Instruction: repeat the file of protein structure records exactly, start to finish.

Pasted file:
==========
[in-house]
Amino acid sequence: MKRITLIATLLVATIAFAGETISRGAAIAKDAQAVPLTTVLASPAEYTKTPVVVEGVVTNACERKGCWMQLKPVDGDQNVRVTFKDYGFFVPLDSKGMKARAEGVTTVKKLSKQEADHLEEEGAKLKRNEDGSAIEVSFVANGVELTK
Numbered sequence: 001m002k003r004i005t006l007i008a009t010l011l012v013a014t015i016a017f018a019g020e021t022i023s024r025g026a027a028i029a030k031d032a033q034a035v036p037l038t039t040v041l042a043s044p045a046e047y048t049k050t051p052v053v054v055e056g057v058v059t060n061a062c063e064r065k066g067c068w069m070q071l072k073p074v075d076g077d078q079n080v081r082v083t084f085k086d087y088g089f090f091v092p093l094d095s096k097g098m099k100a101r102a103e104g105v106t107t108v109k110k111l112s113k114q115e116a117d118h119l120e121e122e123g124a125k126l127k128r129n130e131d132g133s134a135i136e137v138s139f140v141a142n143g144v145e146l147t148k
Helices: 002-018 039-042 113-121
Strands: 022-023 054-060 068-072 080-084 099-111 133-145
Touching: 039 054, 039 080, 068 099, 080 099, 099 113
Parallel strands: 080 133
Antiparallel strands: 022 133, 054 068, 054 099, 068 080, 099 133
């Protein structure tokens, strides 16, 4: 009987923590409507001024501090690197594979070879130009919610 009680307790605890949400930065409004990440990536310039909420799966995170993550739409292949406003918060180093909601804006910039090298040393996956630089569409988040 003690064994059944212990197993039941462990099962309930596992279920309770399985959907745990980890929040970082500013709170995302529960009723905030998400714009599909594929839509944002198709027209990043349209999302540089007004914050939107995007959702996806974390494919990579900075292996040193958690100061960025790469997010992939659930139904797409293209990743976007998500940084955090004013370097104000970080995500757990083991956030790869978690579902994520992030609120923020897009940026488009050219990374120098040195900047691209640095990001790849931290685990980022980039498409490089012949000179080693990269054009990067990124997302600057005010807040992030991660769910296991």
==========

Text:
[in-house]
Amino acid sequence: MKRITLIATLLVATIAFAGETISRGAAIAKDAQAVPLTTVLASPAEYTKTPVVVEGVVTNACERKGCWMQLKPVDGDQNVRVTFKDYGFFVPLDSKGMKARAEGVTTVKKLSKQEADHLEEEGAKLKRNEDGSAIEVSFVANGVELTK
Numbered sequence: 001m002k003r004i005t006l007i008a009t010l011l012v013a014t015i016a017f018a019g020e021t022i023s024r025g026a027a028i029a030k031d032a033q034a035v036p037l038t039t040v041l042a043s044p045a046e047y048t049k050t051p052v053v054v055e056g057v058v059t060n061a062c063e064r065k066g067c068w069m070q071l072k073p074v075d076g077d078q079n080v081r082v083t084f085k086d087y088g089f090f091v092p093l094d095s096k097g098m099k100a101r102a103e104g105v106t107t108v109k110k111l112s113k114q115e116a117d118h119l120e121e122e123g124a125k126l127k128r129n130e131d132g133s134a135i136e137v138s139f140v141a142n143g144v145e146l147t148k
Helices: 002-018 039-042 113-121
Strands: 022-023 054-060 068-072 080-084 099-111 133-145
Touching: 039 054, 039 080, 068 099, 080 099, 099 113
Parallel strands: 080 133
Antiparallel strands: 022 133, 054 068, 054 099, 068 080, 099 133
């Protein structure tokens, strides 16, 4: 009987923590409507001024501090690197594979070879130009919610 009680307790605890949400930065409004990440990536310039909420799966995170993550739409292949406003918060180093909601804006910039090298040393996956630089569409988040 003690064994059944212990197993039941462990099962309930596992279920309770399985959907745990980890929040970082500013709170995302529960009723905030998400714009599909594929839509944002198709027209990043349209999302540089007004914050939107995007959702996806974390494919990579900075292996040193958690100061960025790469997010992939659930139904797409293209990743976007998500940084955090004013370097104000970080995500757990083991956030790869978690579902994520992030609120923020897009940026488009050219990374120098040195900047691209640095990001790849931290685990980022980039498409490089012949000179080693990269054009990067990124997302600057005010807040992030991660769910296991």